WA districts address common concern with standards-based grading

By Ty Beaver, Tri-City HeraldJuly 16, 2012 

David Radford said it was difficult for some students at his high school to adjust to standards-based grading this past school year.

Students at Kent-Meridian High School were graded on a 0 to 4 scale. Students had to meet listed standards, and homework and extra credit didn't factor into final grades.

And those departures from traditional grading led to complaints, said Radford, the school's assistant principal.

The Kent, Wash., school is dealing with the same concerns voiced by parents, students and teachers in the Kennewick School District, where a similar controversial system is in place at three of the district's four middle schools.

Educators in the Kent School District and Federal Way Public Schools said they pursued standards-based grading to better prepare students for the future and make sure all students were assessed fairly.

"Kids have said they really like knowing expectations," Radford said. "But they've also said it's harder for them to get an A."

Horse Heaven Hills, Highlands and Park middle schools in Kennewick use standards-based grading. Along with discarding the traditional 0 to 100 point scale and letter grades, the schools have worked to assess students strictly on academic achievement and not include behavior, such as classroom participation and turning in homework, in grades.

The systems were adopted after teachers and administrators learned about them through professional seminars and are based on the research of Ken O'Connor, who formerly taught in Canada and Australia, and works as an educational consultant. The Kennewick School Board is considering adding elements of standards-based grading to district policy.

Federal Way is implementing a standards-based education system in all its schools. Kennewick educators have visited the district to see how Federal Way administrators put their system in place.

During a November 2011 school board meeting, Marie Verhaar, Federal Way's executive director of teaching for learning, said educators said the new system made it easier to address student learning deficiencies, led to better conversations with parents and made sure necessary skills were covered.

"We believe it is our duty to provide (students) with grades that are true and reflective of their achievement," she told the Herald.

Several teachers spoke against the system during that meeting, upset with how much extra work it took to score and report grades on tests and other assessments.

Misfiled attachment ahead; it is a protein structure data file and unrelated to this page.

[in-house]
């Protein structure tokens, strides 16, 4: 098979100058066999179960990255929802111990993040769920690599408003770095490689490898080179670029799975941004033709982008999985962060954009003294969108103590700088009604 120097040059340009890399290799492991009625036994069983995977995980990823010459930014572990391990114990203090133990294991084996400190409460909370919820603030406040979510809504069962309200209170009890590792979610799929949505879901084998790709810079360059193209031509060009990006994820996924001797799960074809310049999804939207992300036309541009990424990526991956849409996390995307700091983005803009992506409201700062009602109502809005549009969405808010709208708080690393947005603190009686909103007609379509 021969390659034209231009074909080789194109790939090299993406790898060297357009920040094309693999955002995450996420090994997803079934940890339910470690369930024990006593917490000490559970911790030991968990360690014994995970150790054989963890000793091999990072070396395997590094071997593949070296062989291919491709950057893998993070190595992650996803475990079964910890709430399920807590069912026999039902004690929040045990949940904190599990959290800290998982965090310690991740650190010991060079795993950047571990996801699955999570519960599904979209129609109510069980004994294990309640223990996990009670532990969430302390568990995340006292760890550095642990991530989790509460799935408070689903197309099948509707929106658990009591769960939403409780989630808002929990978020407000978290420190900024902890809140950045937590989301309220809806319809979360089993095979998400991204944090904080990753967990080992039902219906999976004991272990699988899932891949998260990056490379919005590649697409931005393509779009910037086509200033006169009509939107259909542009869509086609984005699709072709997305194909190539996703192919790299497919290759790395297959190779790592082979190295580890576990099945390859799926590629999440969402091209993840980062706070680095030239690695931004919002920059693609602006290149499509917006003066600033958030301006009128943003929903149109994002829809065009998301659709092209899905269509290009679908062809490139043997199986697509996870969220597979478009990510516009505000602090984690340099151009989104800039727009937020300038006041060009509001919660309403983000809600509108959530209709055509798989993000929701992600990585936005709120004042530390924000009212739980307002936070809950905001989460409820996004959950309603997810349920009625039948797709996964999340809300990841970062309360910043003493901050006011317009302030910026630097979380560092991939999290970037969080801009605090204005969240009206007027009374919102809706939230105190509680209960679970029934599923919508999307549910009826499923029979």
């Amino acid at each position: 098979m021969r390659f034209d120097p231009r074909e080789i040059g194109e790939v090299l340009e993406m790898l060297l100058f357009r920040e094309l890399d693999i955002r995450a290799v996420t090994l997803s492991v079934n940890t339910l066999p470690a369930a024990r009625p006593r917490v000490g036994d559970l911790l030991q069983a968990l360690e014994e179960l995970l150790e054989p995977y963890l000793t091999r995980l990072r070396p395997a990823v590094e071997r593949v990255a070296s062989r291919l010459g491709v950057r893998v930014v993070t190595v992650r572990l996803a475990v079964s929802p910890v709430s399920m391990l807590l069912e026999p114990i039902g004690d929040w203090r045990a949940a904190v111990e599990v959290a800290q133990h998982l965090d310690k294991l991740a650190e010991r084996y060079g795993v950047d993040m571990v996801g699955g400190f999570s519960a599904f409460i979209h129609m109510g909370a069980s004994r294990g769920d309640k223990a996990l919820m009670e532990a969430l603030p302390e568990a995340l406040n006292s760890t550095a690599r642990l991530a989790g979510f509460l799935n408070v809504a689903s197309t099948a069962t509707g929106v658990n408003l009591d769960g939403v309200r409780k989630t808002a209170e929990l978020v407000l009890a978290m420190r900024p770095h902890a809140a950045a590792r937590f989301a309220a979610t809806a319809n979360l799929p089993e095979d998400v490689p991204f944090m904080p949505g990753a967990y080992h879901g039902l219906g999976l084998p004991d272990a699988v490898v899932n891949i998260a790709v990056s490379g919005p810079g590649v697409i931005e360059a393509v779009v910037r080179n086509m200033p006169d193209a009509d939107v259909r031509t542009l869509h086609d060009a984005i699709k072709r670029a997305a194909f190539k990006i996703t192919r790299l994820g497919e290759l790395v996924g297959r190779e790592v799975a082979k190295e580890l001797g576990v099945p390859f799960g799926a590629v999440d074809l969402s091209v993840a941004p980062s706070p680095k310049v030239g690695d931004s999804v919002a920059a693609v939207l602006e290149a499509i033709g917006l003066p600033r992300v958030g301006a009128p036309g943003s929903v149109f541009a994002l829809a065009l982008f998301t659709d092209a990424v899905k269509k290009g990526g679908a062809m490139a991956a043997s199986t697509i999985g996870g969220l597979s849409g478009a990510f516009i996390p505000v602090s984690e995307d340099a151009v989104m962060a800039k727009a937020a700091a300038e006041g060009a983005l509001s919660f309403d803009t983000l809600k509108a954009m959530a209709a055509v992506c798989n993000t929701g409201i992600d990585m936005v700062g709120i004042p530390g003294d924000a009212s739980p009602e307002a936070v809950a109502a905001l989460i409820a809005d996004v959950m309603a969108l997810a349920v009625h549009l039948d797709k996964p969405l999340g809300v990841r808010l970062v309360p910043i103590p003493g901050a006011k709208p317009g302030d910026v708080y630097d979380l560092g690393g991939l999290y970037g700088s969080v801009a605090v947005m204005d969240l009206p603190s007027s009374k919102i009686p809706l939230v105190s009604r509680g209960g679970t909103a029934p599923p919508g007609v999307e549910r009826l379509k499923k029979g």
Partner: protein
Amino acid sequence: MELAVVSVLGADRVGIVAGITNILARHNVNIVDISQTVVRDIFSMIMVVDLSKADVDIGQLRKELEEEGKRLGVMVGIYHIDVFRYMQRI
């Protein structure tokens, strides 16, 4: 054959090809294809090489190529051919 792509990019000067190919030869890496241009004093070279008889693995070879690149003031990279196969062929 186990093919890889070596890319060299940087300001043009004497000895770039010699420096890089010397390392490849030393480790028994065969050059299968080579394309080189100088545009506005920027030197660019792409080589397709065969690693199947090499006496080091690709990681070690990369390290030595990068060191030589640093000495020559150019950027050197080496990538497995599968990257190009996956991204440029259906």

"I have 100 students. I give one test with six learning standards. That's 600 grades," said Kay Walls, a teacher at Lakota Middle School, adding that scoring and entering that many grades was equal to more than 30 hours of work.

Kennewick teachers have voiced a similar complaint, saying the additional workload violated their contracts. School principals, Kennewick Superintendent Dave Bond and the Kennewick School Board have rejected a grievance on the issue.

And just as many students at Horse Heaven Hills wrote letters to the Kennewick School Board in opposition to standards-based grading as Federal Way students voiced frustrations with the system, saying they don't truly understand where they stand academically anymore.

"We've heard we've met learning targets but what does that mean other than you did a good job?" asked Justin Kon, a Federal Way High School sophomore, at the meeting.

Along with Kent-Meridian, all Kent elementary schools use the standards-based model.

Fourth-grade teacher Tracie Watson of Martin Sortun Elementary School, said changing the grading scale got the biggest reaction. Some parents had difficulty understanding their child's performance based on the new scale, particularly parents who wanted to see their formerly A-level students continue to get high grades.

"(A 3) is fabulous work but they want their child to get 4's," Watson said. "To some parents, it looked like their child wasn't working hard enough."

Radford said problems with the grading scale at Kent-Meridian were partially avoided by continuing to use letter grades in report cards, providing a GPA to use for scholarship and college admissions.

But the exclusion of classroom behavior from grades was a tough sell with teachers, he said. While the school is asking teachers to keep track of students' work ethics and classroom behavior, the district's grading software can't collect and report that data.

The Kent and Federal Way educators said they know there are flaws in their current systems. Verhaar said the current gradebook being used in Federal Way is difficult for teachers to use. She and Radford said they've struggled with finding a way to report on student behaviors as well as academics.

However, the educators have no intent of backing away from the change, saying it's necessary if students are going to learn the skills they need to know.

"The past grading practices were broken," Verhaar said.

It will take time for parents, students and teachers to adapt to something that is very different from what was used in the past, they said. And some are already seeing the benefits of the new system.

"There is a cultural shift that is taking place," Radford said.

-- Ty Beaver: 582-1402; tbeaver@tricityherald.com

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